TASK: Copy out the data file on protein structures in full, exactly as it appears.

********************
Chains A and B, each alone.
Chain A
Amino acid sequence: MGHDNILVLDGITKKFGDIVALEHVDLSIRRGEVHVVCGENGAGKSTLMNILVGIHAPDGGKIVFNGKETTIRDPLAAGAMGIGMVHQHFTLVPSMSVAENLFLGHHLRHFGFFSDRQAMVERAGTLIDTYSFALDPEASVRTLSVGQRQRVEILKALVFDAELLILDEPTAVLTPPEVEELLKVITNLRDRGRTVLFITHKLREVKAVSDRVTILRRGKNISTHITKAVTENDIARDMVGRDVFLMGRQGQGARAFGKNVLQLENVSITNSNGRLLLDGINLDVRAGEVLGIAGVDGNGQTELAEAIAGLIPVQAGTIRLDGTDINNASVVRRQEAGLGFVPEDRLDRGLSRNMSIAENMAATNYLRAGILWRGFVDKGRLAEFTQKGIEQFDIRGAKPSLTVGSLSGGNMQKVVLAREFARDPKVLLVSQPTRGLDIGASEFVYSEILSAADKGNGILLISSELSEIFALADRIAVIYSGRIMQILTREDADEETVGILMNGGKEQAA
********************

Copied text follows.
Chains A and B, each alone.
Chain A
Amino acid sequence: MGHDNILVLDGITKKFGDIVALEHVDLSIRRGEVHVVCGENGAGKSTLMNILVGIHAPDGGKIVFNGKETTIRDPLAAGAMGIGMVHQHFTLVPSMSVAENLFLGHHLRHFGFFSDRQAMVERAGTLIDTYSFALDPEASVRTLSVGQRQRVEILKALVFDAELLILDEPTAVLTPPEVEELLKVITNLRDRGRTVLFITHKLREVKAVSDRVTILRRGKNISTHITKAVTENDIARDMVGRDVFLMGRQGQGARAFGKNVLQLENVSITNSNGRLLLDGINLDVRAGEVLGIAGVDGNGQTELAEAIAGLIPVQAGTIRLDGTDINNASVVRRQEAGLGFVPEDRLDRGLSRNMSIAENMAATNYLRAGILWRGFVDKGRLAEFTQKGIEQFDIRGAKPSLTVGSLSGGNMQKVVLAREFARDPKVLLVSQPTRGLDIGASEFVYSEILSAADKGNGILLISSELSEIFALADRIAVIYSGRIMQILTREDADEETVGILMNGGKEQAA